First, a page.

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Language and Thought in Mathematics Staff Development: A Problem Probing Protocol


by Rita Kabasakalian — 2007

Background/Context:

The theoretical framework of the paper comes from research on problem solving, considered by many to be the essence of mathematics; research on the importance of oral language in learning mathematics; and on the importance of the teacher as the primary instrument of learning mathematics for most students. As a nation, we are not doing well enough in teaching our students mathematics, and we need to look to new perspectives about why this is happening.

Purpose:

This paper looks at a promising tool for enabling students who are not skilled readers to approach problem solving tasks. But in sharing its usefulness with teachers in professional development, the instrument uncovered specific and serious gaps in teacher content knowledge. Group discussion, using the protocol, helped to clarify some of those gaps.

Setting:

All three problem-probing sessions occurred during professional development activities for New York City Public School mathematics teacher leaders. The facilitator was Academic Director of a New Visions for Public Schools’ Middle School Mathematics Standards project, (MS)2, funded by NSF. The sessions were part of a variety of ongoing professional development activities, and occurred during the third year of a five year study. Therefore, the 12 to 20 participants of each session, though different from each other, all knew the facilitator.

Research Design:

The research design was qualitative. Teachers were presented with a written problem and directed not to solve it. The discourse that followed flowed of its own accord, with participants speaking as they thought and responded to the facilitator and/or the other participants. Records of speakers’ words were transcribed in one case by hand, and in two other cases by audio tapes. The discourse was then analyzed by the researcher from two perspectives: what mathematical misconceptions were revealed and how the talk helped to clarify them.

Conclusions/recommendations:

From preliminary explorations, the protocol seems an accessible and effective instrument for decoding and analyzing mathematics word problems by teachers who were not able to approach such tasks before. Also suggested was its potential value as an assessment instrument for teachers’ content knowledge. Further study is needed to determine what kinds of in-class supports teachers need to internalize the process and use this instrument on a regular basis with their students.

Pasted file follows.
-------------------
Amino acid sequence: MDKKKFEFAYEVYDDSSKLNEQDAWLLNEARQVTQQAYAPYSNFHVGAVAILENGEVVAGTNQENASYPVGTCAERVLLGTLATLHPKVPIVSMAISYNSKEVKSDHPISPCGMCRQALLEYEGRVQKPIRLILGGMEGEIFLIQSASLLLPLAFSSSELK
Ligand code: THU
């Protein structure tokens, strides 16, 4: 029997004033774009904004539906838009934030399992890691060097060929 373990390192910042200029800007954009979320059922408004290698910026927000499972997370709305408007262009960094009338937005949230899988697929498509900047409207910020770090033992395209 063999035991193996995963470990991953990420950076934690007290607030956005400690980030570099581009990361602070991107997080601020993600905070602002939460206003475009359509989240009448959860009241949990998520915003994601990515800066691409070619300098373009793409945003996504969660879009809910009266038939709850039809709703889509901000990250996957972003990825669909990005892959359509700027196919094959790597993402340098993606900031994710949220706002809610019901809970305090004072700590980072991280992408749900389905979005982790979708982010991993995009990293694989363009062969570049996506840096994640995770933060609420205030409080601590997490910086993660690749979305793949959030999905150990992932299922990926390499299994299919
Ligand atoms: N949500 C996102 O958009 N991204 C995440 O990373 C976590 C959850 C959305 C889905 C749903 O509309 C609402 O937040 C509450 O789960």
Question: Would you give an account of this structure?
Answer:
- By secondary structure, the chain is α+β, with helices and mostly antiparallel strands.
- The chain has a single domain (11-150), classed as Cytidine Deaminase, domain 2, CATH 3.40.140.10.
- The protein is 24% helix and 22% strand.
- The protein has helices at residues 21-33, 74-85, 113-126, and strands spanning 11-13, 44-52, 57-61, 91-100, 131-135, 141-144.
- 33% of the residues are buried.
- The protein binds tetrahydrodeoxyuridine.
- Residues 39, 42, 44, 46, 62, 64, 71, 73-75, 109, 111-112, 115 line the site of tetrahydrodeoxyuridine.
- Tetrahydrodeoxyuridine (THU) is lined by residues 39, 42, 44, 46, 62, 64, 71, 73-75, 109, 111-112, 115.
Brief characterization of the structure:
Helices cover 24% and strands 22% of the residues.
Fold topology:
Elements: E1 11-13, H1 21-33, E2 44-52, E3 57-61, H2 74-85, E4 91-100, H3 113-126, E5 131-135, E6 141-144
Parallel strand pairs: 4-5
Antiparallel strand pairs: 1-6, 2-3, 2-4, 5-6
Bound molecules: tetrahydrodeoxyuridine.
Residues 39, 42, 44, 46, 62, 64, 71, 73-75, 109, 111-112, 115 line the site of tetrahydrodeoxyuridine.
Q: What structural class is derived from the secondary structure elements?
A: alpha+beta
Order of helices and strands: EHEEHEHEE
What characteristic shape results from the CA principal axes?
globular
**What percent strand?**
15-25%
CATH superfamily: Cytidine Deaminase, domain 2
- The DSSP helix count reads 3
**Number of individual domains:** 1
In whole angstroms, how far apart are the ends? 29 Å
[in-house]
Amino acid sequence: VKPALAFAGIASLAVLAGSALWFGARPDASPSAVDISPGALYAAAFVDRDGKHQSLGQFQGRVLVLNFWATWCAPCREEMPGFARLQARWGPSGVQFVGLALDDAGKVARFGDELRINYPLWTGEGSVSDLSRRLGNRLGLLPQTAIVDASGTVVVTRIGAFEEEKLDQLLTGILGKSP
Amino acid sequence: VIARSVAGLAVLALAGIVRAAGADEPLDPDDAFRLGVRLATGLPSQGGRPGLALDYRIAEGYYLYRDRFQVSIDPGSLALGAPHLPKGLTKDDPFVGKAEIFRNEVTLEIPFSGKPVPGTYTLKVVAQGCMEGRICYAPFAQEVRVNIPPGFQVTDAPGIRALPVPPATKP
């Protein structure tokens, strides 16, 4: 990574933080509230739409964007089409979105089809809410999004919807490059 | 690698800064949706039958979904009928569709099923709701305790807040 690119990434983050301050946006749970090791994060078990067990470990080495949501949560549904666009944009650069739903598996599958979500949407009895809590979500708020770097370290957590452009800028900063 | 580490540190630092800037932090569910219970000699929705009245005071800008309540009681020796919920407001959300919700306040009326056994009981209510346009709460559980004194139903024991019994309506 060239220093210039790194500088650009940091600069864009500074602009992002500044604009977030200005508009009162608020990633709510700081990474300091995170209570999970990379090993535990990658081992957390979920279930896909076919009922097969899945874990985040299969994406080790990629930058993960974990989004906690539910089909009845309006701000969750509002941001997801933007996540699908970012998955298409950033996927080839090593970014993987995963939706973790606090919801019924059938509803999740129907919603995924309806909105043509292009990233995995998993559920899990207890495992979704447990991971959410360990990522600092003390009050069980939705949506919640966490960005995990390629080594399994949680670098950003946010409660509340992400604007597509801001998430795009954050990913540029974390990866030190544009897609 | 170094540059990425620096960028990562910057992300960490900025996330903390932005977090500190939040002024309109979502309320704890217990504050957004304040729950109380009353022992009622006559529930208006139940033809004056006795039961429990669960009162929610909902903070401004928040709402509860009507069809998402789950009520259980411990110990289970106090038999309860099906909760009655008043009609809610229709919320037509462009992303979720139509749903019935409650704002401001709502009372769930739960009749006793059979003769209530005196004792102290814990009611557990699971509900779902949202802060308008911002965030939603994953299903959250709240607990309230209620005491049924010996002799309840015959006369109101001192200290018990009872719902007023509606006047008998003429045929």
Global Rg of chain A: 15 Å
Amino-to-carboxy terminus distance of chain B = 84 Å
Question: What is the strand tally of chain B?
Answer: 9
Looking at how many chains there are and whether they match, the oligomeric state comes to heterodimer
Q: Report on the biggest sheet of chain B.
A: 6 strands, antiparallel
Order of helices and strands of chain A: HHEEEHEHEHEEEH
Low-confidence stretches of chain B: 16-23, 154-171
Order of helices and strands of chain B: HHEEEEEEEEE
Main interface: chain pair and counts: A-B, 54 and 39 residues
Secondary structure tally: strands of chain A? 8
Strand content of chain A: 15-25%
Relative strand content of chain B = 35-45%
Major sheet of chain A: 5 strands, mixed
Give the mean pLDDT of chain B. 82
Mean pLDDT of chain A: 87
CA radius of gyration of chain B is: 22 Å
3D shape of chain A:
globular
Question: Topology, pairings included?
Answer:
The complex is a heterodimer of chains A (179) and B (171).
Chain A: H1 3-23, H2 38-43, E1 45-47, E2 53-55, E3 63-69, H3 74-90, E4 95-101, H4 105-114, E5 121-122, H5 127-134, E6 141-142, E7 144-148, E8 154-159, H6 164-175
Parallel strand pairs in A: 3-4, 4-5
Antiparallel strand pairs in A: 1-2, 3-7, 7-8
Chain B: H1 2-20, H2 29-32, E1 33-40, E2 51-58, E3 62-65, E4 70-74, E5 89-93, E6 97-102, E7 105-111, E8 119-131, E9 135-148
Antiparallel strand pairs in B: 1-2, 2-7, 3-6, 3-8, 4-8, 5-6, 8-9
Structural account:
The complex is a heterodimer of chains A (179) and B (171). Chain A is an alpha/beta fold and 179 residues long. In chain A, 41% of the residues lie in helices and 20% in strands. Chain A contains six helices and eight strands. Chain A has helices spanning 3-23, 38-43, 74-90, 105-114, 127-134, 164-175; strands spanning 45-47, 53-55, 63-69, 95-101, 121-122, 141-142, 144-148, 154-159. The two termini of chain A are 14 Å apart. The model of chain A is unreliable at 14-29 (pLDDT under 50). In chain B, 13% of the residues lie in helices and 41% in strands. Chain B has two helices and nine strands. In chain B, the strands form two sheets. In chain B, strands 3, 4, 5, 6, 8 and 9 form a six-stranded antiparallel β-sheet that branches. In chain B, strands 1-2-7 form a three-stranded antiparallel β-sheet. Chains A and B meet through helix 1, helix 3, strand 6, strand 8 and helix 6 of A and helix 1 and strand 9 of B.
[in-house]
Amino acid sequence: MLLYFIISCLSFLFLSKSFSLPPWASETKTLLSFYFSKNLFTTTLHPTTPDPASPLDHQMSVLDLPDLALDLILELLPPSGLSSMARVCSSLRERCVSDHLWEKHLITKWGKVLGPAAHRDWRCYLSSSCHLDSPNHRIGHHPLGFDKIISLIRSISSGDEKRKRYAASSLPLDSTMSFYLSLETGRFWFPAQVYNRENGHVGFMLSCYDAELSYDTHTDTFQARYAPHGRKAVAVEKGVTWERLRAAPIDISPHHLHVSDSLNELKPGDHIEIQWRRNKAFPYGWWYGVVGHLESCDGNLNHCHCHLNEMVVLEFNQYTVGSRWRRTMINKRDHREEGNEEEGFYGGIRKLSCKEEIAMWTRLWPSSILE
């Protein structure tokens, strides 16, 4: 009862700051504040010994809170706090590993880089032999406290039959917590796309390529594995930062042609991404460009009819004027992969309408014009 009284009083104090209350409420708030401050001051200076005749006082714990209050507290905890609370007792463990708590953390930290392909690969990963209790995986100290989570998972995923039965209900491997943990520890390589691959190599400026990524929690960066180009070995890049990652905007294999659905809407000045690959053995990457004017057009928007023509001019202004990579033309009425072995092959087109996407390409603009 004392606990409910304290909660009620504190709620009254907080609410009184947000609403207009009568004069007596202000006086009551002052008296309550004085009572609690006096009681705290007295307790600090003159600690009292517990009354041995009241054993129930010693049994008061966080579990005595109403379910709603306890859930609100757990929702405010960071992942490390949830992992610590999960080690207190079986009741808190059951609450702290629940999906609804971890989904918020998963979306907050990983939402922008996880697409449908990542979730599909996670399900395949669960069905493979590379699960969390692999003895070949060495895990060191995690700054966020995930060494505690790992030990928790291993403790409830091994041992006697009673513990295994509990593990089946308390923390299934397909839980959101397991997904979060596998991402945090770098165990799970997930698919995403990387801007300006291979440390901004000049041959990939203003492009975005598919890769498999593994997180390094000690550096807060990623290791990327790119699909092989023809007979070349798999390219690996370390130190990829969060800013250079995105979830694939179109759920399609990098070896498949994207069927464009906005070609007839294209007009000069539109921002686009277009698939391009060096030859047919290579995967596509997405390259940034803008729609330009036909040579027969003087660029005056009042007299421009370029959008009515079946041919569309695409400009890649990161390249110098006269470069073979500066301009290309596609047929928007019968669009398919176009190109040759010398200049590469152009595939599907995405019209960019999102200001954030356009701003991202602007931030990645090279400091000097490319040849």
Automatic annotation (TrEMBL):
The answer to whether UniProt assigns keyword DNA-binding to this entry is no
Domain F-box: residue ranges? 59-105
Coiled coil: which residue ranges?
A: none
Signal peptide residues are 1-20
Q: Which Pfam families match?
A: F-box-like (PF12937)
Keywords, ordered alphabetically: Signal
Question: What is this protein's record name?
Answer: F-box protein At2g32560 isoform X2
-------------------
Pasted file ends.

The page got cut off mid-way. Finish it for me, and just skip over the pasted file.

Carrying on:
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Cite This Article as: Teachers College Record Volume 109 Number 4, 2007, p. 837-876
http://www.tcrecord.org ID Number: 12867, Date Accessed: 10/17/2017 11:16:55 AM

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About the Author
  • Rita Kabasakalian
    Fordham University
    E-mail Author
    RITA KABASAKALIAN is an Assistant Professor in the Graduate School of Education, Fordham University. She has been actively engaged in secondary mathematics education for 27 years as classroom teacher, curriculum developer, teacher developer, and researcher. A primary focus of this experience continues to be making mathematics accessible to students who have difficulty learning it, and sharing her experience with teachers. Kabasakalian recognized early on that language plays a key role in the teaching and learning of mathematics. Her doctoral dissertation, Conversations in mathematics: fractions and non-fractions: rule shifts across teachers and topics , illuminates the process in precise detail and is currently being prepared for publication. Dr. Kabasakalian is now engaged in investigating—with ninth grade math teachers—avenues for increasing student discourse.
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